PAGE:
Three Assertiveness Techniques That Work
Assertion is about trying to restore some balance into your life and in so doing, reducing the amount of worry and anxiety you experience. Here are three proven assertiveness techniques for you to try:
1.The Broken Record. This technique is designed to protect you from direct manipulation or the indifference of others. For example:
Boss: I’m looking for a volunteer to run career day.
You: I’m sorry, I’m up to my neck in work and I just don’t have the time
Boss: I might be able to pay you for the extra work.
You: I’d like to help but really I’m too busy to take on extra work.
Boss: Look I hate to ask, but there’s nobody else available.
You: I’m not available either, sorry. As I say, I’m up to my neck in work.
The broken record technique requires you to stand your ground politely but firmly and to repeat a central message until the person gets it.
2. Fogging Fogging is a way of accepting criticism without it getting to you or escalating into conflict. In a sense you become the fog. We may not like fog but no matter how much we huff-and-puff, or hit out at it, it quickly becomes clear the fog won’t hit back and it’s pointless trying to make it. Fogging takes away the power of provocation, often by agreeing with person who is goading you. For example:
Jack: Tell me. How is it I work just as hard as you but you always seem to get the recognition?
Jane: You do work hard, that’s true.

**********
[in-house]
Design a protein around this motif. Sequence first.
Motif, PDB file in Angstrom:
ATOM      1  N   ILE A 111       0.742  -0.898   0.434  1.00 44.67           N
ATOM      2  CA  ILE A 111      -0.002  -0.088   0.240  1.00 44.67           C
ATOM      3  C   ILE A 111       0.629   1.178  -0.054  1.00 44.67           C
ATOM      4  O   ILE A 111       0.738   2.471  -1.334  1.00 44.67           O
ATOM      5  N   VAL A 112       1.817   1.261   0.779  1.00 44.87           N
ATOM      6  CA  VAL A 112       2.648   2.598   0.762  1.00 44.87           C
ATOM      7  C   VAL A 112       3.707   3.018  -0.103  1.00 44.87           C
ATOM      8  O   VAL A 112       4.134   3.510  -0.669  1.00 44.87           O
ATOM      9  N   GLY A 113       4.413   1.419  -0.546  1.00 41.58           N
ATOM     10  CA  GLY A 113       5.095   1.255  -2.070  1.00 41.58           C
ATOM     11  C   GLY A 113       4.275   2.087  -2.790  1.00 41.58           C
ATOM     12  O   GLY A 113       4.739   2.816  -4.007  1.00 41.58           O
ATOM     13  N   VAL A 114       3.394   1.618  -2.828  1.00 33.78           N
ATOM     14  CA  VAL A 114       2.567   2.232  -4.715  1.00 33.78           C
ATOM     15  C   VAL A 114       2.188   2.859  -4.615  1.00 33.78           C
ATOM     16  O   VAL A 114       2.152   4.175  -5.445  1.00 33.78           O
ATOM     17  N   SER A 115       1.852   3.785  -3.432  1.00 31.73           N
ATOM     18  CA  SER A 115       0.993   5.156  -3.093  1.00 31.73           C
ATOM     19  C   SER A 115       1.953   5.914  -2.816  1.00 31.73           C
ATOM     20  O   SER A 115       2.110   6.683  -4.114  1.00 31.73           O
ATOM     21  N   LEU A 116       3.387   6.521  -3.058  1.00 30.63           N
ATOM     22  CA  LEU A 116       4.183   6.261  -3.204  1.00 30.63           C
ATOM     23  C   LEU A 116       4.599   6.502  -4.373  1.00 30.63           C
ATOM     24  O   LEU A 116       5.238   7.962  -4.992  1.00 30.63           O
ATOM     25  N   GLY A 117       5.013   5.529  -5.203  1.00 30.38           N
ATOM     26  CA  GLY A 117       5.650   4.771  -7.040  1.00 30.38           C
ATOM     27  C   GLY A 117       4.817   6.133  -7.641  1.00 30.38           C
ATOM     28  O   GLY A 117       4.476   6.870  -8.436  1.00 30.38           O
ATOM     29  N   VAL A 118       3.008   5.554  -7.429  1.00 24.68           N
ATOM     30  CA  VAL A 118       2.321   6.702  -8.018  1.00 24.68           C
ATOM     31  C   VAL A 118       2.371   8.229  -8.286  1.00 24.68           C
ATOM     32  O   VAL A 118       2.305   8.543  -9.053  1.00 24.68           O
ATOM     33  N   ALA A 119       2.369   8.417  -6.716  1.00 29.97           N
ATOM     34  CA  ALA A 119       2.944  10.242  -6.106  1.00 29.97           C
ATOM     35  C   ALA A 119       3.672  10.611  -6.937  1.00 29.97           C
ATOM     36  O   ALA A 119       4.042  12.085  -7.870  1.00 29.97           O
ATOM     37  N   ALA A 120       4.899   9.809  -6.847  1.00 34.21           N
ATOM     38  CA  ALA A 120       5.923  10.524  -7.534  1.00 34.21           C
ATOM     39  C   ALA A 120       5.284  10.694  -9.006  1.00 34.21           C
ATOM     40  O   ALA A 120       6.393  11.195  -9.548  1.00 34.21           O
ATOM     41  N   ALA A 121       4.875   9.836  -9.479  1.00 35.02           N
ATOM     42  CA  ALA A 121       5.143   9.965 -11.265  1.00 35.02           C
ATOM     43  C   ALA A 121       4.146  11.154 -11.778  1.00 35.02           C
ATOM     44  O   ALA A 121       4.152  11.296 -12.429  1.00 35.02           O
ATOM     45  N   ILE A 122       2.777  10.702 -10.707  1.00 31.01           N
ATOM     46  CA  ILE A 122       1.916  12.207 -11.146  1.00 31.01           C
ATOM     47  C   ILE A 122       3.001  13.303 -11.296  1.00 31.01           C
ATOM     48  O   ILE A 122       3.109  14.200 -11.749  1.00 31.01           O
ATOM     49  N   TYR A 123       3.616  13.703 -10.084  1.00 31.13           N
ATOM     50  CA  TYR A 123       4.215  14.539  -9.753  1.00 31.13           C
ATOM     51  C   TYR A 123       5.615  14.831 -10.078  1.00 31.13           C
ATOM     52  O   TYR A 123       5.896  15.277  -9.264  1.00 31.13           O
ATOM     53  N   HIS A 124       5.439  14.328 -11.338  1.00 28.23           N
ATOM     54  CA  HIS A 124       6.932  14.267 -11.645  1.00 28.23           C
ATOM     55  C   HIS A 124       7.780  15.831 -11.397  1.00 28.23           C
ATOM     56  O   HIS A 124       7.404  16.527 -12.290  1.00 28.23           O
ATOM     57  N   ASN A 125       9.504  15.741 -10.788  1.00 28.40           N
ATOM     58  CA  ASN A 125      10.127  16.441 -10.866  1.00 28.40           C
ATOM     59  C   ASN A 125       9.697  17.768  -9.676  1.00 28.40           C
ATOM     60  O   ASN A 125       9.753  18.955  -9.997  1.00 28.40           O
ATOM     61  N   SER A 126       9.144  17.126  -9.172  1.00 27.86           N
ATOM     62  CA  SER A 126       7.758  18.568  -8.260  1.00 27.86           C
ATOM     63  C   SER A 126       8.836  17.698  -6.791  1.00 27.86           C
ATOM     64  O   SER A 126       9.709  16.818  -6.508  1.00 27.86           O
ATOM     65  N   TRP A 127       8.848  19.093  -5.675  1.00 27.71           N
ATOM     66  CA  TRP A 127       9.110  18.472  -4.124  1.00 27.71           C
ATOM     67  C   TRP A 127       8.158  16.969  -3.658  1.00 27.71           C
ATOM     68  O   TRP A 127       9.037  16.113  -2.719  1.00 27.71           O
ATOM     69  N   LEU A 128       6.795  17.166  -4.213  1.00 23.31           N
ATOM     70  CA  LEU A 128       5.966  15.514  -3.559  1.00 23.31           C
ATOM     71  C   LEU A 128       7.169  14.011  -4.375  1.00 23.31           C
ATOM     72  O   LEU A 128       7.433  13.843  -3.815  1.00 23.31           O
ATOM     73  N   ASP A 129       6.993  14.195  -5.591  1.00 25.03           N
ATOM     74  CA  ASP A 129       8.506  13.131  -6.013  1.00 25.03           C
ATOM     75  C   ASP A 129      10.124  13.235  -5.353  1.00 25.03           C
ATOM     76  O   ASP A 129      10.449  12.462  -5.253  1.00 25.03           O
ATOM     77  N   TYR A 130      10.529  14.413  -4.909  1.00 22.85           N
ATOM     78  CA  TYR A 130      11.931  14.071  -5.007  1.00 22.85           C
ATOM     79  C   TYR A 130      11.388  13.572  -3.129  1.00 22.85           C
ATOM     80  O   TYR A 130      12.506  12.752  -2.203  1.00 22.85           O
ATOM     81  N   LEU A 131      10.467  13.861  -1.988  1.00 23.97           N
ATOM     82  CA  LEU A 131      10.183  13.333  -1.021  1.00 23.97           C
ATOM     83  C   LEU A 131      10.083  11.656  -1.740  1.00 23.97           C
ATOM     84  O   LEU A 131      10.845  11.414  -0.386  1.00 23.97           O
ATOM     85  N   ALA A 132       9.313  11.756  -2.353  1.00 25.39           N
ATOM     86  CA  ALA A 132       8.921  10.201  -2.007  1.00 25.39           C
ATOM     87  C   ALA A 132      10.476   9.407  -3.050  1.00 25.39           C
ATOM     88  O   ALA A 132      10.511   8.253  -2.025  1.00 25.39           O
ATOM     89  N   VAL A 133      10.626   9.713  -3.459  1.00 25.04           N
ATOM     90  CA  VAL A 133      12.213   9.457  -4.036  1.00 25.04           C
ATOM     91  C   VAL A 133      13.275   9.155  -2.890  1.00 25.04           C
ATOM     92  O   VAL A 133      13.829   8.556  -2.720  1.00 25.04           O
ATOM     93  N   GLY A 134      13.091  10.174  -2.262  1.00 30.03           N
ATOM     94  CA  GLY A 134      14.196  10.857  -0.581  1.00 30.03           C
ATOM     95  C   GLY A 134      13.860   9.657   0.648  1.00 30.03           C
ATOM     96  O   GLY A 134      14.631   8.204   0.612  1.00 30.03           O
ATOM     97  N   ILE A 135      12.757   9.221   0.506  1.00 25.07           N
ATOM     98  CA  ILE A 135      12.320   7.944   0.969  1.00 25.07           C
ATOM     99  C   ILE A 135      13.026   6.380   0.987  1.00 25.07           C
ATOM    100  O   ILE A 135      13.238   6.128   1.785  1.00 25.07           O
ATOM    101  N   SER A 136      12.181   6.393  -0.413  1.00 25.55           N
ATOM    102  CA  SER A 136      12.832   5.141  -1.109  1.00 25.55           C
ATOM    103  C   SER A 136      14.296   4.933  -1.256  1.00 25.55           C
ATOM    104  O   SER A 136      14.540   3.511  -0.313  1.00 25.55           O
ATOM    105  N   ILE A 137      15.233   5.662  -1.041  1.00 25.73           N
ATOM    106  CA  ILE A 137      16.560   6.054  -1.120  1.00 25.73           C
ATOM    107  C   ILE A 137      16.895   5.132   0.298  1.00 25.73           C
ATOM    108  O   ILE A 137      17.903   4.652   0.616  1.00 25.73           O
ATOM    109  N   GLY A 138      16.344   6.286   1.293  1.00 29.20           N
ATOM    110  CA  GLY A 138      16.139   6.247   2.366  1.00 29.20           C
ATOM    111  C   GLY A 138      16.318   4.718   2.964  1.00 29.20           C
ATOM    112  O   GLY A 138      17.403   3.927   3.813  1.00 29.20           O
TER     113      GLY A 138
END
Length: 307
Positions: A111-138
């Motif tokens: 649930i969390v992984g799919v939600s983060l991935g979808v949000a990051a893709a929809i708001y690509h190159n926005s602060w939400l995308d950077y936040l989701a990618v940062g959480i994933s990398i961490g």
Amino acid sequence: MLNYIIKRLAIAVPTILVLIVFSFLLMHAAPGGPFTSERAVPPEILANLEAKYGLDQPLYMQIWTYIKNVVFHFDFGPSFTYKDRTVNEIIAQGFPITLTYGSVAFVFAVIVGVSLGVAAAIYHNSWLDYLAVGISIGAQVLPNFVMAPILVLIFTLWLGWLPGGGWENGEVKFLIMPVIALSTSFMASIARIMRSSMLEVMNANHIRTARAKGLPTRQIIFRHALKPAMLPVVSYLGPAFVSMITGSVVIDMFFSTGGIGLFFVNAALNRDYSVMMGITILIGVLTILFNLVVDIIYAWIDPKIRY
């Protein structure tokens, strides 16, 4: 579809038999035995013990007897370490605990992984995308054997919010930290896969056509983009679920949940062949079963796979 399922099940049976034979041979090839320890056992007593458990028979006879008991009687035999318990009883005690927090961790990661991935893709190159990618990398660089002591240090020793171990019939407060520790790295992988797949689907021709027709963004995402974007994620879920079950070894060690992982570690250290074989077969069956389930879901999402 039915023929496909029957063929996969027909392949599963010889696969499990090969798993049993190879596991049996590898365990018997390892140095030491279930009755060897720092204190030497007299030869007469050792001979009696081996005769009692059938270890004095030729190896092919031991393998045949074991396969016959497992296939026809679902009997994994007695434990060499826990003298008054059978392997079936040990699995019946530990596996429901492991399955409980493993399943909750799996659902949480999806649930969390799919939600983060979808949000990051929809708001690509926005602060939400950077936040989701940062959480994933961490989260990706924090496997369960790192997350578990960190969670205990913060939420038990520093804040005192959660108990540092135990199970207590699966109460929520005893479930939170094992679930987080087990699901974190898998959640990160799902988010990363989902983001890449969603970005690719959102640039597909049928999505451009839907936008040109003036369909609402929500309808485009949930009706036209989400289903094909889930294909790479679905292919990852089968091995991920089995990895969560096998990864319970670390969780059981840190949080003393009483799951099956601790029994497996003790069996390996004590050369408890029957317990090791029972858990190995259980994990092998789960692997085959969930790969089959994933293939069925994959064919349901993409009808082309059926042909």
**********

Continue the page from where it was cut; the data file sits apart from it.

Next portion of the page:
Jack: But how come you’re the golden girl and I’m basically ignored?
Jane: You’re right, it’s not good to feel unappreciated.
These may appear submissive statements but your technique of fogging denies the other person the outcome they are seeking, whether this is confrontation, intimidation, or disempowerment. It requires self-control and whilst you may feel anxious during the exchange such situations can’t be sustained or escalate without your contribution.
3. Describe, Express, Specify, Consequences (DESC) Now this is something that improves with time and practice but you could try the technique at home or in situations you feel safer or more comfortable in. Perhaps start with something familiar and then extend it to other circumstances?
House Mates: Your music is way too loud (Describe) I’m trying to do these accounts for a client and I’m in danger of making mistakes (Express your feelings). You don’t have to turn it off, just down, or wear some earphones (Specify your requirements). When I’m done we can go out for a drink (Consequences).
You need to give a little thought to the Consequences aspect. People tend to respond more favourably to positive inducements or praise than they do to threats or ultimatums.
At Work: This is the third time I’ve asked you to correct this work (Describe). It’s putting me behind schedule and I’m not at all satisfied (Express your feelings). Make the necessary corrections now please and get them to me within the hour (Specify your requirements). If this happens again we’ll have to discuss your performance more formally (Consequences).
I also suggest these few do’s and don’ts
- base your life trying to win the approval of others
- put everyone else before yourself
- worry about saying no
- make excuses or apologise for the person you are
- apologise when it isn’t your fault
- remember you always have a choice
- say yes and no with conviction
- give yourself credit where it’s due and learn to recognize situations where you’ve been successful
- understand that in taking on board the aforementioned you can’t please all the people all the time – but then you never could.
This post was adapted from my latest book Overcoming Worry and Anxiety (Sheldon Press) available in paperback and eBook formats.